Sony Pictures Classics
Run time: 1 hour 19 minutes
Stars: Sam Elliott, Julia Garner, Judy Greer, Marcia Gay Harden, Lily Tomlin, Nat Wolff
Director: Paul Weitz
Grandma is a comedy about a cantankerous grandmother (Lily Tomlin) helping her teenage granddaughter (Julia Garner) pull together enough money for an abortion.
If the world can be divided into two types of people, those in the first camp will say, "I can't wait to see that!"
Those in the second will say, "Ick!"
And that's perfectly OK with the stars of Grandma and the film's writer-director, Paul Weitz. They aim their considerable talents squarely at those in Camp No. 1, ignoring anyone who might find the entire exercise a bit distasteful.
Tomlin, who has appeared regularly in movies over the last decade without being called upon to act in a single one, gives a career-capping performance as Elle, a retired college professor and long-inactive poet who recently lost her soul mate of 38 years, a woman named Violet. Elle is angry at the world: A self-described misanthrope, she's first seen cruelly dismissing her latest lover, dewy-eyed Judy Greer, as a mere "footnote" in her life. Tomlin's triumph is in conveying Elle's underlying brokenness, her crippling vulnerability, even as she mouths off to innocent bystanders and takes a hockey stick to the callous boyfriend who impregnated her granddaughter.
Elle springs into action when the girl, Sage, comes to her for help. Sage is broke and her boyfriend won't help pay for the procedure, but she can't bring herself to confide in her high-powered lawyer mother (Marcia Gay Harden). Elle doesn't have the cash, however — and Sage's clinic appointment is that afternoon. So they hop into Elle's 1955 Dodge Royal (Tomlin's own car, making its big-screen debut), and together they start hitting up folks who might help subsidize the $600 operation.
But the randy boyfriend is useless, and a transgender tattoo artist who owes Elle money (Laverne Cox) can offer only moral support (and some free inkwork). It all leads to an inevitable showdown with Sage's mom, who is estranged from Elle and on only slightly better terms with her own daughter.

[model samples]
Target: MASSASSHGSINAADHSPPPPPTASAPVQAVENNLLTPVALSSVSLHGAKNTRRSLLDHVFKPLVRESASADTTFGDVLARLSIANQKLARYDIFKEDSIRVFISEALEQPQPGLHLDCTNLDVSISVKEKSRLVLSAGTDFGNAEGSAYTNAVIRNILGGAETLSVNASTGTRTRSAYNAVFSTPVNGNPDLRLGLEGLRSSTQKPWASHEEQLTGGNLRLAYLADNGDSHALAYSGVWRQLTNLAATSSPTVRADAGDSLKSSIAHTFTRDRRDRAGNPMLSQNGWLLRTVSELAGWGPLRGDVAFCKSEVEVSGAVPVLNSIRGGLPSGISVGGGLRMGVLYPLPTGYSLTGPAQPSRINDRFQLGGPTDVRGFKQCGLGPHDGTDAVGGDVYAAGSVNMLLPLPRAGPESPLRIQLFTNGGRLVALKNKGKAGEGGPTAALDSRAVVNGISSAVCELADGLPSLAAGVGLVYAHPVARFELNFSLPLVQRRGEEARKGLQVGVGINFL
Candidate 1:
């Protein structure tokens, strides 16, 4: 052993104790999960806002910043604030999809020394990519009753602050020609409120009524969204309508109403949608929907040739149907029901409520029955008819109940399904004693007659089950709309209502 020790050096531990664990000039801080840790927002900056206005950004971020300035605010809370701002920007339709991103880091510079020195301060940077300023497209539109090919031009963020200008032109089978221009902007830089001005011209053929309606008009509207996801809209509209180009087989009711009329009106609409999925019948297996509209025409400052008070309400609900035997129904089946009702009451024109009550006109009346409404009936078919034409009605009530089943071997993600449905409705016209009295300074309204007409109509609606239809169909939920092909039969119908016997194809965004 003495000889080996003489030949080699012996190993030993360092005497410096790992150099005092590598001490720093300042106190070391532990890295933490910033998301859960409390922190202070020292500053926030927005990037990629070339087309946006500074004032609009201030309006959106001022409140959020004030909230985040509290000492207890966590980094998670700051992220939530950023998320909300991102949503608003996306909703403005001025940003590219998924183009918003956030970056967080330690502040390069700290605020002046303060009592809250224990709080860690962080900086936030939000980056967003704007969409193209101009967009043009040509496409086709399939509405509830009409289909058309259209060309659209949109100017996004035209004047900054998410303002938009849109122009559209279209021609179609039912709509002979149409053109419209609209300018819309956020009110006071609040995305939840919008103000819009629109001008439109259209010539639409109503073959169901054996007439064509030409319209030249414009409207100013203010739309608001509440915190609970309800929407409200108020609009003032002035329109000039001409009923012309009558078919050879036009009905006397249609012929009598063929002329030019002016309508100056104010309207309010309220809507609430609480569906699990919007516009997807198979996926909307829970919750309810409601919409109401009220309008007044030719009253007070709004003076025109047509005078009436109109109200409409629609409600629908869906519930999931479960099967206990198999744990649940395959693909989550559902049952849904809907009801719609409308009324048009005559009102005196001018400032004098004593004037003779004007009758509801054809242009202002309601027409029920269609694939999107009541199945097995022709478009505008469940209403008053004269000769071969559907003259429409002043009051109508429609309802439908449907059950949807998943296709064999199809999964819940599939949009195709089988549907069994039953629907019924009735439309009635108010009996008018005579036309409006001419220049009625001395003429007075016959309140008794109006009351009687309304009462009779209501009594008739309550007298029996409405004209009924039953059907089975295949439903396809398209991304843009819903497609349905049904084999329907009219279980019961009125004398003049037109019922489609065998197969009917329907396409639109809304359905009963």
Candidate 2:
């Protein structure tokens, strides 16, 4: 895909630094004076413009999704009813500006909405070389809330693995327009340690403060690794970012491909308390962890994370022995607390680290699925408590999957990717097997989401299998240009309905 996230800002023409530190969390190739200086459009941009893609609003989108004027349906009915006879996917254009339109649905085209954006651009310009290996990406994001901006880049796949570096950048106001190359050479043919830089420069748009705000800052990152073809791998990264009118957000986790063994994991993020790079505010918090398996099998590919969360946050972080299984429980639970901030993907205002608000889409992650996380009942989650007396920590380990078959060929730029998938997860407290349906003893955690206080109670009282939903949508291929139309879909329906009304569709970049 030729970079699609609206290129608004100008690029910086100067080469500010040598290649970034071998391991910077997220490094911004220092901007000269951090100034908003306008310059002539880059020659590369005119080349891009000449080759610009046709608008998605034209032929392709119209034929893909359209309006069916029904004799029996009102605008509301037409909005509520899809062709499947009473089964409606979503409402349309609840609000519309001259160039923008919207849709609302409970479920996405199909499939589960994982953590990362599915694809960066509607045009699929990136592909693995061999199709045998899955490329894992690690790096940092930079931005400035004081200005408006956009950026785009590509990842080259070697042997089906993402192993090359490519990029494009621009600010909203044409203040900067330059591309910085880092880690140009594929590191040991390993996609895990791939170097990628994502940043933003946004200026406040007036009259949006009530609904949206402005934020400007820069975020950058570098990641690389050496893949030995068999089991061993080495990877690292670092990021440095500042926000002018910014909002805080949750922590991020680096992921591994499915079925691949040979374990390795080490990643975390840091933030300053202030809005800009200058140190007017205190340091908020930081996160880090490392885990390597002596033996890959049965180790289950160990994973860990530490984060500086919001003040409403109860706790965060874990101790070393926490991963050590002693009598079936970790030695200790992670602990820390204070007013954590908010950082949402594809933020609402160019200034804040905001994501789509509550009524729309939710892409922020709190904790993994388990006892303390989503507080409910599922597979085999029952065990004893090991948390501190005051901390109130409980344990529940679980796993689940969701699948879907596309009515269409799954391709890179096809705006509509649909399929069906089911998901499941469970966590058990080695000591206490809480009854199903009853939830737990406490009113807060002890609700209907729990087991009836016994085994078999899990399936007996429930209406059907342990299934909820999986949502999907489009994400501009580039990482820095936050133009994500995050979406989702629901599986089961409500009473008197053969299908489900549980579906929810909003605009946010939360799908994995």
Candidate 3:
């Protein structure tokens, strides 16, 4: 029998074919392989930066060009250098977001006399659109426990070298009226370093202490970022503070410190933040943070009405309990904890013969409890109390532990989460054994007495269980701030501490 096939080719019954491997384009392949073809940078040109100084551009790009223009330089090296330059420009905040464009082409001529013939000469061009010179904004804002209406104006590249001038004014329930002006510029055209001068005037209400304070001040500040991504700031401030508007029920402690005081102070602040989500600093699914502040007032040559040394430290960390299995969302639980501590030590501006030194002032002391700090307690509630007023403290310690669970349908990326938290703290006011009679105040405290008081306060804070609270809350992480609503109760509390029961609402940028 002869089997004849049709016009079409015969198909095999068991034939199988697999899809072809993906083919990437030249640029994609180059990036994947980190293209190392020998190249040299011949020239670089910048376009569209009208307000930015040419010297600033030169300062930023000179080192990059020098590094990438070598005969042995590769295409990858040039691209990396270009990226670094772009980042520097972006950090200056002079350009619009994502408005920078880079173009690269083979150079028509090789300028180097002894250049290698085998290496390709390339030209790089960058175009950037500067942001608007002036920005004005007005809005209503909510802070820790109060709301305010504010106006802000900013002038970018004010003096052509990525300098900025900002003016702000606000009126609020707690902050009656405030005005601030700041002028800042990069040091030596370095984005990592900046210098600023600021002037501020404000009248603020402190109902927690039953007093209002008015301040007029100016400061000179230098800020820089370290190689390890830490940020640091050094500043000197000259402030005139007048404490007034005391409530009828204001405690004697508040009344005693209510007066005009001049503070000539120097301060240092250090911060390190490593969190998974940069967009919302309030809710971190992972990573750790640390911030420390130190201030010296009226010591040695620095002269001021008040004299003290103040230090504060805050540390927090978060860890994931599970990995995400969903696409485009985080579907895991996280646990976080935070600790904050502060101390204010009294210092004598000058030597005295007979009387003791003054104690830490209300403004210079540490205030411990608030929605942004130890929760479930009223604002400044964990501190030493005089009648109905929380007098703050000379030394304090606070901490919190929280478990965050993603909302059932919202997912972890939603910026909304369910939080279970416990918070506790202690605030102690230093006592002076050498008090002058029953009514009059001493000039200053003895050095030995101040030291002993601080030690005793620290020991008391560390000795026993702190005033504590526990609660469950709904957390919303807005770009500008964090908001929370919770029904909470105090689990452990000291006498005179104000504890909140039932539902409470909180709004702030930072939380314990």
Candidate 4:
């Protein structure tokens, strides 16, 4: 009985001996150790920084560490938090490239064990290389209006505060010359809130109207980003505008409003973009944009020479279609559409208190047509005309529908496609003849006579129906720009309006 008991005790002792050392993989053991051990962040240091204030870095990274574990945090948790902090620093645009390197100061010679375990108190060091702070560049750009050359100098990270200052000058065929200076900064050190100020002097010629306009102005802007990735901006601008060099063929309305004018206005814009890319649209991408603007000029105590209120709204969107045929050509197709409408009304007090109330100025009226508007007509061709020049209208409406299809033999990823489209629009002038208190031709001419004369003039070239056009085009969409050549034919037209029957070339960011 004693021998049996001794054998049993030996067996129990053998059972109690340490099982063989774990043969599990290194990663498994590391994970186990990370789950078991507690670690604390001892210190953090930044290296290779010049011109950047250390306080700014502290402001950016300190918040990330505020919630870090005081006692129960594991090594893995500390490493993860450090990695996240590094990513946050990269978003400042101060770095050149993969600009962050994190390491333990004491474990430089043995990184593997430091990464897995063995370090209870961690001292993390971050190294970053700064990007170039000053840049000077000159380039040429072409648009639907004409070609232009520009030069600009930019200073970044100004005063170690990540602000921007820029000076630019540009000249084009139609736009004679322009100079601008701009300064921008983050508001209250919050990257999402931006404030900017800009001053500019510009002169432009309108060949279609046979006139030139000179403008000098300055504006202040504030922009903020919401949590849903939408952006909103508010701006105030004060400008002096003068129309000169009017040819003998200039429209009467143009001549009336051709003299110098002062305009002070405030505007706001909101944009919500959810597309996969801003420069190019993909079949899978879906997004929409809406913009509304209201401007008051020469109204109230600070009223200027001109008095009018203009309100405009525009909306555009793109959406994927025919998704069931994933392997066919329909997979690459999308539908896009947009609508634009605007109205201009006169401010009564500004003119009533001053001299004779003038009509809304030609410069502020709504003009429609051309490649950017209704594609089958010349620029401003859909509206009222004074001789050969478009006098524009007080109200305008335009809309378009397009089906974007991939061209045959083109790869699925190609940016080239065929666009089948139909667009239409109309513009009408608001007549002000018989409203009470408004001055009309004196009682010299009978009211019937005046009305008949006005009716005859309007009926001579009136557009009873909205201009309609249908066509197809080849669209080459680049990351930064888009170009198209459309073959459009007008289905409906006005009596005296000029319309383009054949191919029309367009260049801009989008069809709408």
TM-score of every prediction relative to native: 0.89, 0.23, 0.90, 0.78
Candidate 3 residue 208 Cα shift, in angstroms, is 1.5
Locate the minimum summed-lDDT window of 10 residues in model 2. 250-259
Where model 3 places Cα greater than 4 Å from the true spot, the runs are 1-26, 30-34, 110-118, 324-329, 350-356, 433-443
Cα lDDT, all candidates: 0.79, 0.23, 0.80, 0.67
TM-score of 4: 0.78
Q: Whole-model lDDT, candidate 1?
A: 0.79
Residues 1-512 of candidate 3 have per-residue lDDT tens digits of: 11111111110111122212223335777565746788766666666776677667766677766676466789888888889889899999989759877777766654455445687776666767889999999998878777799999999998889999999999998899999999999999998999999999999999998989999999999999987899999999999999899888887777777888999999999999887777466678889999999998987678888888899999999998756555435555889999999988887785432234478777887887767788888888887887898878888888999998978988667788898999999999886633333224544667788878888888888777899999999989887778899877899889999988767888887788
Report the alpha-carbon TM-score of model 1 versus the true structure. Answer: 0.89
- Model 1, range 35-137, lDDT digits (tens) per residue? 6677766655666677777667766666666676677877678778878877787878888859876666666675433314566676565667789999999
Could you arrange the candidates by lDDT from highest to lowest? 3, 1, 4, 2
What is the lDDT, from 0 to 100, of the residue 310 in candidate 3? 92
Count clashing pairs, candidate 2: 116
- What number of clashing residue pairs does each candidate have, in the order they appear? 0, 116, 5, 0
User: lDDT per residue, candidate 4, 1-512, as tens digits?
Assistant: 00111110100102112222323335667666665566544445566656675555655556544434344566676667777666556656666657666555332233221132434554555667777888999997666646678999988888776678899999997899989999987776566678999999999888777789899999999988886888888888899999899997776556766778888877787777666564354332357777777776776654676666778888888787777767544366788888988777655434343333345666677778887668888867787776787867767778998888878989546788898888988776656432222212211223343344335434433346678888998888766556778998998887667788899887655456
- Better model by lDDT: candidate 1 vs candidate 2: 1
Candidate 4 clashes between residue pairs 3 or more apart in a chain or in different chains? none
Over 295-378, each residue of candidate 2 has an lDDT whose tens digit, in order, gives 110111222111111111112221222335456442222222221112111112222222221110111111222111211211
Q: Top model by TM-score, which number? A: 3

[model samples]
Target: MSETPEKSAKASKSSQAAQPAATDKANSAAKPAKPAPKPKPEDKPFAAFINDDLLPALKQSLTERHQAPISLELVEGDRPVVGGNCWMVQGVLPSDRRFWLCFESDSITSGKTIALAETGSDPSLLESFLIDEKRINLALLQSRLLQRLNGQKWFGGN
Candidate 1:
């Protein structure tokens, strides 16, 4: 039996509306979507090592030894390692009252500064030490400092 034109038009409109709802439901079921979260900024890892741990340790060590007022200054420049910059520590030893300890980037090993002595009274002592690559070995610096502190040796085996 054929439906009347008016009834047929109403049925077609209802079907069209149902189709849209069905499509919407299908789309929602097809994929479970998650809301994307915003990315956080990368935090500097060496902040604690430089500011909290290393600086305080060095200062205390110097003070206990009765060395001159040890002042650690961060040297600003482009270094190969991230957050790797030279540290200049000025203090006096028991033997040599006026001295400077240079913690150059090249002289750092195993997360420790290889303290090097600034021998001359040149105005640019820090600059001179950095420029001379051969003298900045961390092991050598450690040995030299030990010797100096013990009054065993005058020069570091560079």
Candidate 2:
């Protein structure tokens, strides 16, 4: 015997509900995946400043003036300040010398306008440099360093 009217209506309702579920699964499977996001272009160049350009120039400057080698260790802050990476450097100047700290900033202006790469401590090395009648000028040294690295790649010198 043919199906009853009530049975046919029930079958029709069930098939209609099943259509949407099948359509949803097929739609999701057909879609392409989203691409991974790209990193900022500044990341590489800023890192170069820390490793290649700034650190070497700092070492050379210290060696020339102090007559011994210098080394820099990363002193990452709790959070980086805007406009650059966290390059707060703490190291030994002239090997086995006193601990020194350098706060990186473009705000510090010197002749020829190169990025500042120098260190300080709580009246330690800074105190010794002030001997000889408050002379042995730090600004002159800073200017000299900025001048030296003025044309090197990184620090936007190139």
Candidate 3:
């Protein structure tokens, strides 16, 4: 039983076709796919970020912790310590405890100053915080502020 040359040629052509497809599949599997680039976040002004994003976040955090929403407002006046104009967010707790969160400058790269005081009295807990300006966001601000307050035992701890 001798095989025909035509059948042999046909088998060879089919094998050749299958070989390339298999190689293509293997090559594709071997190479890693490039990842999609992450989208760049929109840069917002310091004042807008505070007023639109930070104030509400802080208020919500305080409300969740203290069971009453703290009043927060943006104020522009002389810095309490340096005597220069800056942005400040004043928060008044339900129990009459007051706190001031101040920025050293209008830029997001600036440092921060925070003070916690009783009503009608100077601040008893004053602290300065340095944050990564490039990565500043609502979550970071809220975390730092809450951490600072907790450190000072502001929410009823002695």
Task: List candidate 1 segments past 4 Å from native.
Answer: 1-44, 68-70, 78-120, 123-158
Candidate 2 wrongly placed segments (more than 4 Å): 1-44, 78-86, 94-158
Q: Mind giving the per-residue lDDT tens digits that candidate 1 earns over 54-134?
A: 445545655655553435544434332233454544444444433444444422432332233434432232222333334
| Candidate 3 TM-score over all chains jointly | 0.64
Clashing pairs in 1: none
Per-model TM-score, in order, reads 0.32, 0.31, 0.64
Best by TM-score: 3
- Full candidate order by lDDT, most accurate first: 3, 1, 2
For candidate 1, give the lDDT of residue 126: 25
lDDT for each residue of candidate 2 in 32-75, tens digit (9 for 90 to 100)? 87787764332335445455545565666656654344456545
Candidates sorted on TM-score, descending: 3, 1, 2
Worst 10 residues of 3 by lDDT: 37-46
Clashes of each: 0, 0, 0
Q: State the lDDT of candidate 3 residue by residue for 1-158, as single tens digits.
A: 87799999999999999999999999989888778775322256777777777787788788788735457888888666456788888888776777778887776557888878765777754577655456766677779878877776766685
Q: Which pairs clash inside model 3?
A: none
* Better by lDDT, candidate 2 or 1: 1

There are precisely three men of any consequence in Grandma: the useless boyfriend (Nat Wolff), an angry clerk (John Cho of the Harold & Kumar movies) who ejects Elle and Sage from his coffee shop because he can't abide their abortion talk, and Elle's long-ago flame from her confused-sexual-identity days, played with calm effectiveness by Sam Elliott.
The first is a rat.
The second is a lout.
The third starts out sympathetic, only to emerge as a manipulative heel who uses the power of his masculinity and economic superiority to slap the two women down.
Throw in the male taxi driver who abandons Elle on a dark street and a briefly seen dad trading "Shut ups!" with his young son, and it's clear the world of Grandma would be better off if men simply disappeared overnight, leaving the planet safe for lesbian moms, their well-adjusted daughters and their appreciative granddaughters. (Indeed, Sage's mother becomes a sympathetic character only after she abandons her alpha-male office behavior and rediscovers her nurturing side.)
Though I'm tempted to call Weitz's script a pro-choice screed, Grandma refrains from making light of the abortion issue itself. And the film strives further for balance when Elle cautions Sage that her decision is one "you'll think about every day for the rest of your life."
That line — delivered with a perfect, matter-of-fact sigh by Tomlin — is just one touching moment in a performance that makes Grandma a poignant and often funny road trip, so long as you don't find yourself at odds with the film's final destination.
Bill Newcott is a writer, editor and movie critic for AARP Media.
(Video) 'Grandma' Movie Trailer: Self-described misanthrope Elle Reid has her protective bubble burst when her 18-year-old granddaughter, Sage, shows up needing help.
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